The successful candidate will effectively schedule and manage requests to meet high - productivity objectives. A willingness to learn systems and software and work in a fast paced environment is essential. Main Duties: 1. Create digital advertisements and complete website design production to deadline. 2. Assist digital sales specialists with the design of digital sections and promotional materials. 3. Traffic digital & print advertising 4. Provide strategic input on digital initiatives and content channels. Required expertise: â&#x20AC;˘ Ability to navigate content management systems such as WordPress, Limelight, or others â&#x20AC;˘ Proficiency in HTML, HTML5, CSS, and JQuery if possible â&#x20AC;˘ Facebook developer and/or Bootstrap development â&#x20AC;˘ CS6 and strong design skills in Photoshop and Illustrator â&#x20AC;˘ (Flash, After Effects, InDesign, Final Cut Pro, is an asset)

Full Package Of Competitive BeneďŹ ts are included. Competition closes Oct. 31. Please submit your resume to koconnor@bpdigital.ca with a subject heading: Web & Print Designer MERCHANDISE: CLASS 500â&#x20AC;&#x2122;S From antiques & collectibles, to sporting goods and electronics, to parakeets and pet supplies, if itâ&#x20AC;&#x2122;s considered merchandise for sale, you can find it here. .cfo@johnstonautomotivegroup.ca auto sales manager

To join our team of professional drivers please send off a resume and current drivers abstract to: careers@vankam.com For more info about Line Haul, call Bev, 604-968-5488

FLAGGERS NEEDED. No Certification? Get Certified, 604-575-3944

FLAG PERSONS & LANE TECH PERSONNEL NO EXPERIENCE REQUIRED

WE WILL TRAIN! COMPETITIVE RATES

â&#x153;&#x201C;

Must Have Valid TCP CertiďŹ cate, Reliable Insured Vehicle And Provide A Clean Drivers Abstract!

Please E-mail Resume: grasdald@telus.net

CHECK CLASSIFIEDS

bcclassified.com 604-575-5555

114

Van-Kam is committed to employment equity and environmental responsibility. We thank all applicants for your interest!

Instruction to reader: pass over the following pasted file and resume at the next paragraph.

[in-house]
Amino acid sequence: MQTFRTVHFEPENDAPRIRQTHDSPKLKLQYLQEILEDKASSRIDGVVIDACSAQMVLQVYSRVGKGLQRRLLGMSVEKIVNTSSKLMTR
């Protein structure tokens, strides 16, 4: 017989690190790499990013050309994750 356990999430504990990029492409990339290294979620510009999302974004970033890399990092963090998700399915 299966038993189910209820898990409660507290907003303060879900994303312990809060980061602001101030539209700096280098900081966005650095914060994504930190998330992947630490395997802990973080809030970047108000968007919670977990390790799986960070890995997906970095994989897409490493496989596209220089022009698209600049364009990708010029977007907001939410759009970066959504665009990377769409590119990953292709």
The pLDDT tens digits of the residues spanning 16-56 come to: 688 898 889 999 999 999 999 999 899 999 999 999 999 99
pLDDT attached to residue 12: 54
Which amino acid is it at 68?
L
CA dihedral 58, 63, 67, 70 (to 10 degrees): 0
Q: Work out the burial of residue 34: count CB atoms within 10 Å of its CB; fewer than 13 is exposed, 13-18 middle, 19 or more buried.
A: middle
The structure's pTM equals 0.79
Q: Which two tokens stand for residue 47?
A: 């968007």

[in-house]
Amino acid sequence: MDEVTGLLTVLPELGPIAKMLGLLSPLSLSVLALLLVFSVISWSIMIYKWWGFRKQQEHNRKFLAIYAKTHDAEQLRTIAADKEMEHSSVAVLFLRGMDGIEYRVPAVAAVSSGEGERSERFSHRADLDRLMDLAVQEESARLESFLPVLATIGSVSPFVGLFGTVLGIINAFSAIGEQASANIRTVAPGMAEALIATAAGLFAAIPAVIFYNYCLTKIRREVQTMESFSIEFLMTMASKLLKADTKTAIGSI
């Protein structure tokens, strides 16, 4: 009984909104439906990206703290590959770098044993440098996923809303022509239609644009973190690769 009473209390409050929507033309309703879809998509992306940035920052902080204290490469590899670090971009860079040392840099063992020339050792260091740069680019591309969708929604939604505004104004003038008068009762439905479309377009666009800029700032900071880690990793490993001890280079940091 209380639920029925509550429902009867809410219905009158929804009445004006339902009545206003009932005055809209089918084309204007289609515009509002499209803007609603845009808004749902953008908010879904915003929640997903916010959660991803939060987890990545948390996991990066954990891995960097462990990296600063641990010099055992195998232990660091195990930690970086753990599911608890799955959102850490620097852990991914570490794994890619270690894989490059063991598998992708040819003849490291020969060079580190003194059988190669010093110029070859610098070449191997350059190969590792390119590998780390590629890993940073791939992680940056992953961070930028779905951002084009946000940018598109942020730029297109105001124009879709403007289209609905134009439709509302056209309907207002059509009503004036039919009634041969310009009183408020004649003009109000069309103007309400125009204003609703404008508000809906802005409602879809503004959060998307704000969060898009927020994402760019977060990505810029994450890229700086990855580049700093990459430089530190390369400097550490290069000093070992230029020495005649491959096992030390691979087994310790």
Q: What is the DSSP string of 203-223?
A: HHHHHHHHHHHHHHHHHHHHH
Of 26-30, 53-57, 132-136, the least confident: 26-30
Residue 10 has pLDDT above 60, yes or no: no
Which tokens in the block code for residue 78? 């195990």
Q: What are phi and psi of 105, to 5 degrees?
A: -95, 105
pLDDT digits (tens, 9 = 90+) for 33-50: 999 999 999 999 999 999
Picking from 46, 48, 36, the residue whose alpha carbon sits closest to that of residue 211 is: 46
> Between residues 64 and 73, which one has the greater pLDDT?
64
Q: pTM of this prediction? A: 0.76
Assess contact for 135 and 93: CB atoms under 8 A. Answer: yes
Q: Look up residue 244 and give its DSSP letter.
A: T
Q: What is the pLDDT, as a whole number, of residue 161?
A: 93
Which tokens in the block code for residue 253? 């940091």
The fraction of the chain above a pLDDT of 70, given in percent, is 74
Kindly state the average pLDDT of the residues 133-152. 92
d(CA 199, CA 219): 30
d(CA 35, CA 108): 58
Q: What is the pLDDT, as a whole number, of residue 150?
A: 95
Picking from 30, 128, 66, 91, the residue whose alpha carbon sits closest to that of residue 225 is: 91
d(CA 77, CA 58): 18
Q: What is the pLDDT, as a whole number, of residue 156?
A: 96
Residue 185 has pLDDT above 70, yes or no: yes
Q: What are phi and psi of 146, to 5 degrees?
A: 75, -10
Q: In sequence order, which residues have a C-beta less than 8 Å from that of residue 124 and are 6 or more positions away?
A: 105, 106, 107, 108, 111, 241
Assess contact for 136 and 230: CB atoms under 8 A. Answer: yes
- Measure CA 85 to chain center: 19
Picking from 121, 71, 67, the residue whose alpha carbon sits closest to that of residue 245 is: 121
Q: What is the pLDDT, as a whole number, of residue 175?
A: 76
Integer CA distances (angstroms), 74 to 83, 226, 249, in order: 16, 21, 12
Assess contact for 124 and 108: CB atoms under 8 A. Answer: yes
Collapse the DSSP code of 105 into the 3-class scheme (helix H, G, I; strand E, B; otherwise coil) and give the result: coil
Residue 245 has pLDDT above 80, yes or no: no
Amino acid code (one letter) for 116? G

DRIVERS/COURIER/ TRUCKING

114

DRIVERS/COURIER/ TRUCKING

DENWILL AN IRONCLAD COMPANY

BULK PETROLEUM CLASS 1 DRIVERS

will and site and

This salaried position is based in Campbell Heigths Business District, Surrey. Hours are Mon. Fri. 8:30am - 5:00 pm.

109 CAREER OPPORTUNITIES

Email circulation@burnaby newsleader.com

WEB DESIGNER

The web and print designer be proficient in conceiving creating digital advertising, design as well as print ads marketing materials.

Work portfolio and references will be requested of the final candidates.

Advertise across the Lower Mainland in the 18 best-read community newspapers and 2 dailies.

Call Christy 604-436-2472

for available routes email

We Offer Above Average Rates!

Please forward Resume and cover letter to hrfrt@telus.net or fax to 604-472-2136. Please see a more detailed job descrition at www.localwork.ca NO PHONE CALLS PLEASE!

BC Cancer Foundation Legacies accepted. 604.877.6040 or visit: bccancerfoundation.com

bcclassified.com cannot be responsible for errors after the first day of publication of any advertisement. Notice of errors on the first day should immediately be called to the attention of the Classified Department to be corrected for the following edition.

109 CAREER OPPORTUNITIES

Van Kamâ&#x20AC;&#x2122;s Group of Companies requires Class 1 Drivers to work out of our SURREY terminal. Applicants must have a min 2 yrs industry driving experience.

OUTBOUND BILLING CLERK

RENTALS ......................................703-757